Ottawa — Canada’s capital — has all the usual must-see sights of any major city. But just under the surface, this leafy, family-friendly metropolis has more than a few unexpected gems. Ottawa’s scenic Rideau Canal snakes through the city, sparkling icy white in the winter and filled with boating fans in the summer. Plus, it has a mix of rich history and history-in-the-making locales.
Yes, Ottawa may be the only city where you can watch Canadian senators debate on Parliament Hill during the day and then watch a hockey team of the same name compete at night.
The pedestrian-friendly ByWard Market area is home to more than 500 businesses, boutiques and restaurants, while the neighborhood of Kanata holds a magnificent conservation forest with world-renowned trails making Ottawa a desirable destination for any outdoors lover.
As always, check for travel restrictions and closures before planning your trip.
Friday: Explore the Canal Views by Bike
Begin the trip with breakfast at The SconeWitch, where they are famous for — you guessed it — scones. Order a currant-ginger scone if you’re in a sweet mood, or opt for feta if you want savory.
Then pick up your ride at RentABike under the Rideau Plaza bridge and cycle the canal pathways. Stay on the lookout for love locks, little padlocks put on the bridge’s fences by lovers and friends to commemorate mutual adoration. Stop for a photo (and a breather) at Commissioners Park, where thousands of tulips bloom in the summertime.
After you’ve worked up an appetite, grab lunch at the world-famous Zak’s Diner at ByWard Market. The 24-hour diner is like stepping back in time to the 1950s. Order a classic milkshake, burger or an item from the all-day breakfast menu.
If you want to pick up a souvenir, avoid the crowds at the Rideau mall and instead shop at the unique local boutiques on Dalhousie Street, adjacent to the downtown historic ByWard Market. Established in 1826, the market supports more than 600 local businesses and remains one of Canada’s oldest and biggest public markets. You’ll find vintage clothes, jewelry, housewares and more.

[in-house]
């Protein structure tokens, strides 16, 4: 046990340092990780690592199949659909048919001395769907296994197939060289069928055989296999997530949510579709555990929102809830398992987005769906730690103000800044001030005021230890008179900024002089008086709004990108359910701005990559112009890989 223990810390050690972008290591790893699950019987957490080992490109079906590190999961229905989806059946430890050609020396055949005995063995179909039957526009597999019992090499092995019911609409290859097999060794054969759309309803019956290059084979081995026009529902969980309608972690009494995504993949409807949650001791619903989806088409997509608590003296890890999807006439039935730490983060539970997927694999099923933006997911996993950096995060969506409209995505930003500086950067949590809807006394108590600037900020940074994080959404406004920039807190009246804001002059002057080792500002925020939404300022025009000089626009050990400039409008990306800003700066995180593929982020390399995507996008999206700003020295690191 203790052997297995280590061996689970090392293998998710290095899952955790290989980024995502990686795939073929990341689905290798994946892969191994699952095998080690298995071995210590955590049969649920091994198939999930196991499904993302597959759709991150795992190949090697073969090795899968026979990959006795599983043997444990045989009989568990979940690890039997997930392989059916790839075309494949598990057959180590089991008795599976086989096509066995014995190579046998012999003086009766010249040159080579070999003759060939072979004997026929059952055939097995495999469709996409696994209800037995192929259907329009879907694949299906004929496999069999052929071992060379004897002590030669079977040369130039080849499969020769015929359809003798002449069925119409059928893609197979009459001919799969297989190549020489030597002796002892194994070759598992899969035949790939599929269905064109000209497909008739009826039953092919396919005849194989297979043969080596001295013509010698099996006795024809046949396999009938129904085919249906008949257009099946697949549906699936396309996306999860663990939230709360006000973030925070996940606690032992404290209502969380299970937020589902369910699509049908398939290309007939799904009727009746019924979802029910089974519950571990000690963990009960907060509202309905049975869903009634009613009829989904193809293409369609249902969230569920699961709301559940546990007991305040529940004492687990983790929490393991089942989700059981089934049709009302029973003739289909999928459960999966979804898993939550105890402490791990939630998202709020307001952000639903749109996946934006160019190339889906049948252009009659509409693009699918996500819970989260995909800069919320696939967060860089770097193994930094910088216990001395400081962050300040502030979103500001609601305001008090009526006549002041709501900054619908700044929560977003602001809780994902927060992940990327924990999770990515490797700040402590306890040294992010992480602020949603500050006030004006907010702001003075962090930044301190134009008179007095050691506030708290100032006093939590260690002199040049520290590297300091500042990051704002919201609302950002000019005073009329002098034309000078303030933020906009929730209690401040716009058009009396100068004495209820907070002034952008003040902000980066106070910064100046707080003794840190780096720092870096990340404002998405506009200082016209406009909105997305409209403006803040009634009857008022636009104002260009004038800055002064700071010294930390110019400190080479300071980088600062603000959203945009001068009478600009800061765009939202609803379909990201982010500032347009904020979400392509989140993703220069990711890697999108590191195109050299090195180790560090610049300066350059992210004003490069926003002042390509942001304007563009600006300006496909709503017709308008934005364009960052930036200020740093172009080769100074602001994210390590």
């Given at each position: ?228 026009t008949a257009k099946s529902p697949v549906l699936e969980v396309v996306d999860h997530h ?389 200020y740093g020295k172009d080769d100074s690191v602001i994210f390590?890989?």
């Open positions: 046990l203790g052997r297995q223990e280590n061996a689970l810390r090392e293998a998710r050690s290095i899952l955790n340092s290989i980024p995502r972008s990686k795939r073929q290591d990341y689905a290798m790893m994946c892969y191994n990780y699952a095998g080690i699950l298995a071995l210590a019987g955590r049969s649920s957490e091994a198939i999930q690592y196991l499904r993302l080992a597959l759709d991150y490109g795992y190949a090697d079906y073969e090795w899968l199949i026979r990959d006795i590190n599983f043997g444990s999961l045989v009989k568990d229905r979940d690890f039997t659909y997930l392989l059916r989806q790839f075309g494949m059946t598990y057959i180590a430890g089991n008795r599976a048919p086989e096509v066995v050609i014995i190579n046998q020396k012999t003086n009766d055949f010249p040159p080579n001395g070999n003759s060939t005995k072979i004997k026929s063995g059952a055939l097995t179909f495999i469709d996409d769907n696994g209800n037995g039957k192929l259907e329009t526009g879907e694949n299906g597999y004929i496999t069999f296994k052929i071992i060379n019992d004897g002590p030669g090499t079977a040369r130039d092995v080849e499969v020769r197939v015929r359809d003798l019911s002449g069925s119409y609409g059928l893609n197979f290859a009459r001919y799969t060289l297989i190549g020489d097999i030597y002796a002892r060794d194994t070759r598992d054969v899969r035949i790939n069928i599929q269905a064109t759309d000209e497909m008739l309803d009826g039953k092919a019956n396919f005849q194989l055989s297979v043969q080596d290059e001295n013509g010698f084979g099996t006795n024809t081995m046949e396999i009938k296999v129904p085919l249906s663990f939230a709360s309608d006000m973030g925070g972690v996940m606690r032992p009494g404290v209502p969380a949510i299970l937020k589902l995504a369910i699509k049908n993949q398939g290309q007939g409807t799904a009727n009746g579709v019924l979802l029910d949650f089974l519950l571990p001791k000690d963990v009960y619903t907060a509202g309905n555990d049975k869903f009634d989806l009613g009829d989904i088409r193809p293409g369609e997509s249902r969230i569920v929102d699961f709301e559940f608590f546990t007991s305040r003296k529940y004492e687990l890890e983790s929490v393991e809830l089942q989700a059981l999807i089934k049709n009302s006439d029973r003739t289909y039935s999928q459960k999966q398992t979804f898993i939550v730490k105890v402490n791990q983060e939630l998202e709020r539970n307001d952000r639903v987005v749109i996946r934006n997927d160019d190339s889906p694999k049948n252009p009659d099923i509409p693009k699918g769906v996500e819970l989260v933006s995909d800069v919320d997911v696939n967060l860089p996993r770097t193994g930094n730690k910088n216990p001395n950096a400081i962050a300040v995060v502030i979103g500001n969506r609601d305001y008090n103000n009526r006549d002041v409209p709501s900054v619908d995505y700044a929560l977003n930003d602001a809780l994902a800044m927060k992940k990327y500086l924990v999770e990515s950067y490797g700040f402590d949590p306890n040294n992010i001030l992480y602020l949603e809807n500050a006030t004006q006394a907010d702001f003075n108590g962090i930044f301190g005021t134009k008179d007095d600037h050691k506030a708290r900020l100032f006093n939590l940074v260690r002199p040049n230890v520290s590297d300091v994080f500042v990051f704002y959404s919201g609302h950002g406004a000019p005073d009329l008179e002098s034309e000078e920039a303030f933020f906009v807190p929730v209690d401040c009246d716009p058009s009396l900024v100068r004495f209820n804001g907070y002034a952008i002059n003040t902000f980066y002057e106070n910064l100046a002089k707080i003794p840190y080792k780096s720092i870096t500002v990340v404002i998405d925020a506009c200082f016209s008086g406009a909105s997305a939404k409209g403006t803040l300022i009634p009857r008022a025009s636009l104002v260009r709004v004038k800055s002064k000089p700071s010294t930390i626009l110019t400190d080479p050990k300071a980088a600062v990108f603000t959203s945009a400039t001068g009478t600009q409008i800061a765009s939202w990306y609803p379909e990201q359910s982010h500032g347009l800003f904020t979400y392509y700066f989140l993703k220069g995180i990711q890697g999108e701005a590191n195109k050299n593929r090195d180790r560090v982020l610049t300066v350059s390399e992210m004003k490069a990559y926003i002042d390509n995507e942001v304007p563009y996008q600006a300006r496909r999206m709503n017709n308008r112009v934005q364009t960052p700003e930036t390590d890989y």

At Adorit Boutique, designers create original pieces from recycled materials, and their inventory changes every two weeks, so you’ll be sure to snag a one-of-a-kind outfit.
After all of that shopping, you’re bound to be hungry for some dinner. Follow the locals to Sansotei, a popular ramen shop on Bank Street. Order a Japanese beer or sake along with gyudon, a stir-fried rice with pulled beef and caramelized onions, then enjoy a piping-hot bowl of ramen floating in a savory pork-bone broth, made in-house daily.
If you’re new to this satisfying noodle soup, you can’t go wrong with classic tonkotsu, studded with braised pork, green onions and black mushrooms. Save room for a slice of citrusy yuzu cheesecake.
For a nightcap, pop over to Deacon Brodies Pub, known for its extensive whisky collection.
Saturday: Take In the History With an Afternoon of Museums
Start your day with brunch at Mazarine, which offers a yummy Mediterranean menu made with local Canadian ingredients. Order a pot of Assam black tea and a halloumi omelette. Or try the beef kofta wrap with garlic tahini sauce, or shakshuka, a tomatoey, baked-egg dish served with sourdough toast.
Ottawa is well-known as the capital of Canada and seat of government. With a full stomach, you can now tour the parliament buildings. Parliament Hill entrance is free of charge, but you will need to reserve tickets for guided tours on a first-come, first-served basis.